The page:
Discovery of x-ray emission from young suns in the small magellanic cloud

L. M. Oskinova, W. Sun, C. J. Evans, V. Hénault-Brunet, Y. H. Chu, J. S. Gallagher, M. A. Guerrero, R. A. Gruendl, M. Güdel, S. Silich, Y. Chen, Y. Nazé, R. Hainich, J. Reyes-Iturbide

Research output: Contribution to journalArticlepeer-review


We report the discovery of extended X-ray emission within the young star cluster NGC 602a in the Wing of the Small Magellanic Cloud (SMC) based on observations obtained with the Chandra X-Ray Observatory. X-ray emission is detected from the cluster core area with the highest stellar density and from a dusty ridge surrounding the H II region. We use a census of massive stars in the cluster to demonstrate that a cluster wind or wind-blown bubble is unlikely to provide a significant contribution to the X-ray emission detected from the central area of the cluster. We therefore suggest that X-ray emission at the cluster core originates from an ensemble of low- and solar-mass pre-main-sequence (PMS) stars, each of which would be too weak in X-rays to be detected individually. We attribute the X-ray emission from the dusty ridge to the embedded tight cluster of the newborn stars known in this area from infrared studies. Assuming that the levels of X-ray activity in young stars in the low-metallicity environment of NGC 602a are comparable to their Galactic counterparts, then the detected spatial distribution, spectral properties, and level of X-ray emission are largely consistent with those expected from low- and solar-mass PMS stars and young stellar objects (YSOs). This is the first discovery of X-ray emission attributable to PMS stars and YSOs in the SMC, which suggests that the accretion and dynamo processes in young, low-mass objects in the SMC resemble those in the Galaxy.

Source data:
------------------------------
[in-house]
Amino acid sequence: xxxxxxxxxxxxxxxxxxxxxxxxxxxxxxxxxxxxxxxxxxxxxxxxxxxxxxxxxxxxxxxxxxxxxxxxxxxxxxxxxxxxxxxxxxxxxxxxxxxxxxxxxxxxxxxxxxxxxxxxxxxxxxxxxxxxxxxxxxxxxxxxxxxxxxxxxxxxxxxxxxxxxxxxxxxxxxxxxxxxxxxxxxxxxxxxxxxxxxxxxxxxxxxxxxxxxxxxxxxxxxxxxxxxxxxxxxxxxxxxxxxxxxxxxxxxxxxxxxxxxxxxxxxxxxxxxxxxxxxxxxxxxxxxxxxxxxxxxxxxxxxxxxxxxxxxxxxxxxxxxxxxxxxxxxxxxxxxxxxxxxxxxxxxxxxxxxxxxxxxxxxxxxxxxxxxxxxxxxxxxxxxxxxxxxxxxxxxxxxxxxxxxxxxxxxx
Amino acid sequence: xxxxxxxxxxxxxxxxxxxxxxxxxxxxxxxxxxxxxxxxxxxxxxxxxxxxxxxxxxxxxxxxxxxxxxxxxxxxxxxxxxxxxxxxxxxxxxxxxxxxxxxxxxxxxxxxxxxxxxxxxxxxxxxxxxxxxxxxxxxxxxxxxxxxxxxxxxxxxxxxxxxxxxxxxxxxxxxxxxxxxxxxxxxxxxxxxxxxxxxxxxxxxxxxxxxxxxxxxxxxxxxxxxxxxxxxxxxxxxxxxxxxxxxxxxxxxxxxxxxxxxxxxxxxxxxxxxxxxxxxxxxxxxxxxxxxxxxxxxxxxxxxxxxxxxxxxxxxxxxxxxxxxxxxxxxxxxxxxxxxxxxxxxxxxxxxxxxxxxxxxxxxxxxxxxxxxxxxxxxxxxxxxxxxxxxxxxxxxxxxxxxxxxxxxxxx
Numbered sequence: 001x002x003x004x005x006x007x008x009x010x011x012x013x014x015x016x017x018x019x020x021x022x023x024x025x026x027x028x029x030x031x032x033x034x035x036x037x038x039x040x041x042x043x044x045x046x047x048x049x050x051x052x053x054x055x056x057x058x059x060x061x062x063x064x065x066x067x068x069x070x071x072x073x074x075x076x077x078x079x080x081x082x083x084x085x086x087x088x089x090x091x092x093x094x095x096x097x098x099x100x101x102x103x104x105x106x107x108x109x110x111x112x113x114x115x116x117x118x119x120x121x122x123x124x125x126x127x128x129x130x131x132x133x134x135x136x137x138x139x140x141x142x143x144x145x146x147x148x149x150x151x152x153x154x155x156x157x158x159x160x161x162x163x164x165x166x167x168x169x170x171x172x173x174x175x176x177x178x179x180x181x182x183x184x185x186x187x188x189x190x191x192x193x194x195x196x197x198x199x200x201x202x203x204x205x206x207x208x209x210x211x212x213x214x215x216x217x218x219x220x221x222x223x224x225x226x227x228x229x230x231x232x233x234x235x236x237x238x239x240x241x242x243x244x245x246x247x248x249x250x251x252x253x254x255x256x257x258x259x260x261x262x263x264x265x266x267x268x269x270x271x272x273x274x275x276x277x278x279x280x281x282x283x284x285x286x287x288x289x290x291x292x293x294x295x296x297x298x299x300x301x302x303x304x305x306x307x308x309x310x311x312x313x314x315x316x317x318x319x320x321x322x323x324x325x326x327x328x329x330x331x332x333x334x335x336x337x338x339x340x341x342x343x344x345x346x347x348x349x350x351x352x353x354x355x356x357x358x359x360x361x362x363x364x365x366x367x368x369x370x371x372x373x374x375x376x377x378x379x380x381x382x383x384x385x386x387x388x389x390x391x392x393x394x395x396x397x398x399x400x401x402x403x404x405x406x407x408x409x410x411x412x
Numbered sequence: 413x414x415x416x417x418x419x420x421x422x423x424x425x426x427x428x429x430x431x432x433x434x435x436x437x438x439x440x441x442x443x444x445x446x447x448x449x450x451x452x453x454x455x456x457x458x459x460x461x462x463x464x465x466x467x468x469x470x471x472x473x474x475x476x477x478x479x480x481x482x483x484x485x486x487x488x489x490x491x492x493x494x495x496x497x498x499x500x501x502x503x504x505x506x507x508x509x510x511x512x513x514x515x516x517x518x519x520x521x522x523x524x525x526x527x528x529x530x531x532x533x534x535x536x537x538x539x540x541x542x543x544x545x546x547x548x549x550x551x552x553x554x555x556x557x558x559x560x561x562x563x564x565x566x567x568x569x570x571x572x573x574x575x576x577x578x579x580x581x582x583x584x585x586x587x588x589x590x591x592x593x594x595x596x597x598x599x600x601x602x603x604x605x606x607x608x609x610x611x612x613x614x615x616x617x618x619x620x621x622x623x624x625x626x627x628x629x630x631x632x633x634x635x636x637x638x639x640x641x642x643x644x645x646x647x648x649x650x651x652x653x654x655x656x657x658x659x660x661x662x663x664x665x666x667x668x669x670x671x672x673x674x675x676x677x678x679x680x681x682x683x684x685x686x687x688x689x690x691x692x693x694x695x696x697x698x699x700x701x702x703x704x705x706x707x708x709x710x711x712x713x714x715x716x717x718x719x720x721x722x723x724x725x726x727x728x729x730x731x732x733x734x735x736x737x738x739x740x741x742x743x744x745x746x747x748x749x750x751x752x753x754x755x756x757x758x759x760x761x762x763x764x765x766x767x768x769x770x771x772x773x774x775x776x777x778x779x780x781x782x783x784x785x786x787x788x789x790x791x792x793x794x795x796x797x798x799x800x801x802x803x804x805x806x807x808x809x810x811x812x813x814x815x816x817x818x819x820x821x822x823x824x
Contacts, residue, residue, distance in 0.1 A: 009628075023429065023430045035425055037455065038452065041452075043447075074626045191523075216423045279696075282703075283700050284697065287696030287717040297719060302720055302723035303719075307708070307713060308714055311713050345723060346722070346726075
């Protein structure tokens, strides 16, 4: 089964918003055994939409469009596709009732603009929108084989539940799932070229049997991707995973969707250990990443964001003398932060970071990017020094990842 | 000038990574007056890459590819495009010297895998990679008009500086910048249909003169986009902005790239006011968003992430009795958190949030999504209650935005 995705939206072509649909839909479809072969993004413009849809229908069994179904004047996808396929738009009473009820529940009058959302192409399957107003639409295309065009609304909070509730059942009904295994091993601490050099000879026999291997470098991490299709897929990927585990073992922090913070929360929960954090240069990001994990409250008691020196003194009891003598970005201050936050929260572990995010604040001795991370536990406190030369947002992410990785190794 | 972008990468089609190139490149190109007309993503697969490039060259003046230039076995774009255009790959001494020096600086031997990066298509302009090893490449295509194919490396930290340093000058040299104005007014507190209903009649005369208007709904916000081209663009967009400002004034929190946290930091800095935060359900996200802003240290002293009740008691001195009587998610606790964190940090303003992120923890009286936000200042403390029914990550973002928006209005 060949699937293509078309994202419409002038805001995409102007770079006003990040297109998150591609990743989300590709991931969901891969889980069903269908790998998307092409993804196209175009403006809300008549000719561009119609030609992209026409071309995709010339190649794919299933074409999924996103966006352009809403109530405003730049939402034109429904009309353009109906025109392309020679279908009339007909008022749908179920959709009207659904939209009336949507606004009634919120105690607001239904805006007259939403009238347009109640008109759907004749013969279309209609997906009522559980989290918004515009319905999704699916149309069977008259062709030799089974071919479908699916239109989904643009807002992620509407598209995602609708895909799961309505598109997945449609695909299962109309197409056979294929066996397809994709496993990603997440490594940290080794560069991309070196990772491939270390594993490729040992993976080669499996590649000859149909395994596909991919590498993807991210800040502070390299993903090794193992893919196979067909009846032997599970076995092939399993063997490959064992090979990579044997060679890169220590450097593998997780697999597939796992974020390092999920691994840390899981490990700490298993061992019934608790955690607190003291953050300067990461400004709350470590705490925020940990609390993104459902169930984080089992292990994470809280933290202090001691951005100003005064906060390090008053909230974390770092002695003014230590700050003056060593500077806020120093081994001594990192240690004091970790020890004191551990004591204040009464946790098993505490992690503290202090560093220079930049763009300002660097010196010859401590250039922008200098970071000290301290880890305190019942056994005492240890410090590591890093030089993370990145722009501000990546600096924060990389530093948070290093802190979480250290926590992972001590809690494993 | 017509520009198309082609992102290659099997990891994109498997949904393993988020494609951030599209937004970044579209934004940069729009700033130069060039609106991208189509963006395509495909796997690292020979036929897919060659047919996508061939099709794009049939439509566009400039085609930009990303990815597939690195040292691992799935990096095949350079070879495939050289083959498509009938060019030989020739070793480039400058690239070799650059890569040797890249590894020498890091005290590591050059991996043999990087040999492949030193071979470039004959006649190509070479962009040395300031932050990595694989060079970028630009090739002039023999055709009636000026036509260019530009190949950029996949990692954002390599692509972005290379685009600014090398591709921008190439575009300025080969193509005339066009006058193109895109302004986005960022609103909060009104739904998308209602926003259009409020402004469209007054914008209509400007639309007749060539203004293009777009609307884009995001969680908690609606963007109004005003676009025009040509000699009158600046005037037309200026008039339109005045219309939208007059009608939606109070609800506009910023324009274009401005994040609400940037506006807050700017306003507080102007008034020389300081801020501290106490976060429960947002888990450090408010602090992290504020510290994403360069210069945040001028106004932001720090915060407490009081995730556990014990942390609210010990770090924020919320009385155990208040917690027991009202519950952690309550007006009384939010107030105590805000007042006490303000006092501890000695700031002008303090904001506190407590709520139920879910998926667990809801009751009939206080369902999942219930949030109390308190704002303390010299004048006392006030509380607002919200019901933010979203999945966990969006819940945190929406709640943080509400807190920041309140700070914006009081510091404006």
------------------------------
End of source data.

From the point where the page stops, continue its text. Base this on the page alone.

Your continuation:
Original languageEnglish (US)
Article number73
JournalAstrophysical Journal
Issue number1
StatePublished - Mar 1 2013


  • Hii regions
  • ISM: bubbles
  • Magellanic Clouds
  • X-rays: stars
  • stars: pre-main sequence
  • stars: winds, outflows

ASJC Scopus subject areas

  • Astronomy and Astrophysics
  • Space and Planetary Science


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